Twelve National Guardsmen, including two who had made “inappropriate” comments online or in text messages, have been removed from inauguration duty in Washington, D.C., military officials said.
National Guard Chief Army Gen. Daniel Hokanson in a press conference with Pentagon spokesperson Jonathan Hoffman on Tuesday confirmed that 12 National Guardsmen have been removed from duty “out of an abundance of caution” after being flagged during a vetting process of the more than 25,000 troops in the nation’s capital to provide protection for Wednesday’s inauguration of President-elect Joe Biden.
.@KenCuccinelli says DC @MayorBowser requested crew-served machine guns be included in the National Guard's arsenal to protect the capital. Cuccinelli says she was told no – that weapons like that have no place in securing a civilian event.
— John Roberts (@johnrobertsFox) January 19, 2021
The two Guardsmen in Washington, D.C., who made inappropriate comments are being sent home, he said, one of which was identified through the chain of command and the other through “anonymous reporting.”
The other 10, he said, were flagged due to questionable behavior.
“I am not concerned as a large part of our organization,” he said. “If you look at 25,000, we’ve had 12 identified and some of those they are just looking into, it maybe unrelated to this, but we want to make sure out of an abundance of caution, as I stated earlier, that we do the right thing until that gets cleared up.”
Hoffman explained the military is not taking any chances and if anyone’s name is flagged during the vetting process, they will be removed.
“Much of the information is unrelated to the events taking place at the Capitol or to the concerns that many people have noted on extremism,” he said.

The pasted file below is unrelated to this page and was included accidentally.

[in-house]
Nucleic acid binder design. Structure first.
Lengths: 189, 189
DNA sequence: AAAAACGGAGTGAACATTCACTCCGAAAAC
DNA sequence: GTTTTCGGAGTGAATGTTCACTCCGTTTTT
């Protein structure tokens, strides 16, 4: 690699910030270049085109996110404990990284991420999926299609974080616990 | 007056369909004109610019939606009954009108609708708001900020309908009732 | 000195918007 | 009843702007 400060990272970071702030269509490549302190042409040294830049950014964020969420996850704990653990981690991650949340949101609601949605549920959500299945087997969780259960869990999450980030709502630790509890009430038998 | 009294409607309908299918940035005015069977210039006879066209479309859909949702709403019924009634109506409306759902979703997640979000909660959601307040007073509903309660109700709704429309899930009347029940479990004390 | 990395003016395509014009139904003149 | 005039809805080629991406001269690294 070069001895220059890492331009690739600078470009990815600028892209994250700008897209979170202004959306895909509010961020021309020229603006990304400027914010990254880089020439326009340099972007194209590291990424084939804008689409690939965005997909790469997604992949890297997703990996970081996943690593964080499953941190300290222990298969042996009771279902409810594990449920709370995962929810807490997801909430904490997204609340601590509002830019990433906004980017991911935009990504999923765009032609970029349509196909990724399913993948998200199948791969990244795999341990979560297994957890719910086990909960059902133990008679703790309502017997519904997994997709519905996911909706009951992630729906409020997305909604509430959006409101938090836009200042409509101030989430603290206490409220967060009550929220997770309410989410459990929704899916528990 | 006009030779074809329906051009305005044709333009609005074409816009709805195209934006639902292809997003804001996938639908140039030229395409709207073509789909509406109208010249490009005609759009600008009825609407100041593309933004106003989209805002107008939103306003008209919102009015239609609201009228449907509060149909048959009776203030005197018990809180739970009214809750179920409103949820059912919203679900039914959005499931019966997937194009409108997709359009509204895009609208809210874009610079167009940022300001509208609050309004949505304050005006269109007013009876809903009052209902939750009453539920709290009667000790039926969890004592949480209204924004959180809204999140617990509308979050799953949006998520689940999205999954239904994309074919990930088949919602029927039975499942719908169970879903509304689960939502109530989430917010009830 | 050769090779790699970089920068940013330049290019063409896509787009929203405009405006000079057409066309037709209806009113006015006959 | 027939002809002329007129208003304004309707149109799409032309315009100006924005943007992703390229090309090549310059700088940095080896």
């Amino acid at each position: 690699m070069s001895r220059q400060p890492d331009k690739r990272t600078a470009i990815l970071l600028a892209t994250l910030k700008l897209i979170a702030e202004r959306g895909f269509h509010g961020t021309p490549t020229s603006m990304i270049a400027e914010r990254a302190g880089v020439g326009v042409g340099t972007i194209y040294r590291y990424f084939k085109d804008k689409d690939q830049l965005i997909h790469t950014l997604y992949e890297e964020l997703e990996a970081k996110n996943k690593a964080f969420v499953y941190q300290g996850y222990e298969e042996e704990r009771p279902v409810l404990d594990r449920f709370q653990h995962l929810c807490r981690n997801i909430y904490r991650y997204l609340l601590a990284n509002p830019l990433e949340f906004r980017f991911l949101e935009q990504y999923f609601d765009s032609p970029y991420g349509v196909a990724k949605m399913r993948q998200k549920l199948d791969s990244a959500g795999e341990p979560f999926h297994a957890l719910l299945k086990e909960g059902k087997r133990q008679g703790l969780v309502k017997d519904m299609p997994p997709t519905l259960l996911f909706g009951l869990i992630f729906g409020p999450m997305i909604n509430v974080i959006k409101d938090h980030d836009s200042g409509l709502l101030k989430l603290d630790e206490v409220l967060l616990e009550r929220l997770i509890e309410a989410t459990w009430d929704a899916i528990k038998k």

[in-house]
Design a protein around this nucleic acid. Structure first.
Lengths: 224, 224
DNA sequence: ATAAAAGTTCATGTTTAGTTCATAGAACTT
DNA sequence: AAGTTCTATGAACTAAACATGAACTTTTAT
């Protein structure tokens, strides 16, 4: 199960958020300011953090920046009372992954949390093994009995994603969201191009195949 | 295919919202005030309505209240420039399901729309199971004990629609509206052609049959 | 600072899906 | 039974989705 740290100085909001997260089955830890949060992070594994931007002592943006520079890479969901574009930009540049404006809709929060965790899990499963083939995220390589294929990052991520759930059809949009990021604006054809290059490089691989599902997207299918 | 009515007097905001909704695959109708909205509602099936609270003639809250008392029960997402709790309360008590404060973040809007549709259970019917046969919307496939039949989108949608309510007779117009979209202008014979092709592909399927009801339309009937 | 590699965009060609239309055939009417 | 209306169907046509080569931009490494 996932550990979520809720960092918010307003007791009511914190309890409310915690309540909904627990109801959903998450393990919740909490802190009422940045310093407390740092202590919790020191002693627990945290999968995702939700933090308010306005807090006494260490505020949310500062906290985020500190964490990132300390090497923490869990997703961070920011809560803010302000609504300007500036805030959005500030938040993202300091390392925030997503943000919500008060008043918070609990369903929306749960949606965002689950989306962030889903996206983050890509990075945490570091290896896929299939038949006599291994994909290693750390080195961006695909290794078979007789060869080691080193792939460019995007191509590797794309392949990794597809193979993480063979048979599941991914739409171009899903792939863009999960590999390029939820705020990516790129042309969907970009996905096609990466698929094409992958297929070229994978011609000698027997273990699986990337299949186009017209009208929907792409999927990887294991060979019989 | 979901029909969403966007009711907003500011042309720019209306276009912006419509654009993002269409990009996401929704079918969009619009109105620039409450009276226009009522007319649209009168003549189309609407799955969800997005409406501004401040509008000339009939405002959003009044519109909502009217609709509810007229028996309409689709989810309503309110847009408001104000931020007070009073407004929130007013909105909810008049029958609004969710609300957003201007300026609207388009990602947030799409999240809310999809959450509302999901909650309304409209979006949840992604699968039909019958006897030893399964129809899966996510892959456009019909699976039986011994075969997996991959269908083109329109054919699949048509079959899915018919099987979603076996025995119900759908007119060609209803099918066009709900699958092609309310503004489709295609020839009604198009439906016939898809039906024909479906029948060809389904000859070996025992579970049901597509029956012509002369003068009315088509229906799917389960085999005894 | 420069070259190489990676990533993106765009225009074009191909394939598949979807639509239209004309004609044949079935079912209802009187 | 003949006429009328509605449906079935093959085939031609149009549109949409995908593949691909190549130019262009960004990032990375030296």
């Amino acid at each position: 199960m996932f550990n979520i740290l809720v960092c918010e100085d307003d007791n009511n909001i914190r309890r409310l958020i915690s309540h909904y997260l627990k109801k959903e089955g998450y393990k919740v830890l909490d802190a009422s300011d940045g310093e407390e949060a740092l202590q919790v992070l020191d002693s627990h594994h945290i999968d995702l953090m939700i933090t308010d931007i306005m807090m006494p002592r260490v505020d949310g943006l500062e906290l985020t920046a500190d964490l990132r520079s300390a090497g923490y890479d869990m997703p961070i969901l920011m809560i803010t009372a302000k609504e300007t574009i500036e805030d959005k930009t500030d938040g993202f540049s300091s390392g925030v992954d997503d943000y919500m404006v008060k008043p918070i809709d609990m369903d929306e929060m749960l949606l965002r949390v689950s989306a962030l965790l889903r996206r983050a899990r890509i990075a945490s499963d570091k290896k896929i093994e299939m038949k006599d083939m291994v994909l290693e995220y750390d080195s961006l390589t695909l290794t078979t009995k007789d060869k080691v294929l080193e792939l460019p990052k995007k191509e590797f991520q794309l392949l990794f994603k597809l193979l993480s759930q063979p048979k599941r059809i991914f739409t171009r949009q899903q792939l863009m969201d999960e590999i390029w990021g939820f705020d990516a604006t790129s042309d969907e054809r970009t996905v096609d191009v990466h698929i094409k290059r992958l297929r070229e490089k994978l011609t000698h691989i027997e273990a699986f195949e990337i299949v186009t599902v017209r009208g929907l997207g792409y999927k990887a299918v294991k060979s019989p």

The criteria for which a member will be flagged is determined by the FBI, which is conducting the vetting process, Hoffman said, adding that they are not inquiring as to the reason for the raised flag and an investigation will be conducted later.
“We’re not asking questions right now, we’re not asking questions right now of people who were flagged,” he said.
The vetting process is being conducted as some 25,000 National Guardsmen have been deployed to the nation’s capital to provide support to local and federal law enforcement following a siege on the Capitol building on Jan. 6 and the arrests of former and active military personnel on charges of having participated in the attack that resulted in the deaths of five people, including a veteran of the U.S. Air Force.
Hoffman said that those being removed from duty have not necessarily shown sympathy to those who stormed the building or harbored extremist views.
“These are vetting efforts that identify any questionable behavior in the past or any potential link to question behavior, not just related to extremism,” he said.
Hoffman said he was unaware of how many of the 25,000 troops in the Capitol have so far been vetted.
On Monday, Acting Defense Secretary Christopher Miller announced that all National Guardsmen would be vetted for insider threats, stating that it was being conducted despite there being “no intelligence” indicating such threats existed in the military ranks.
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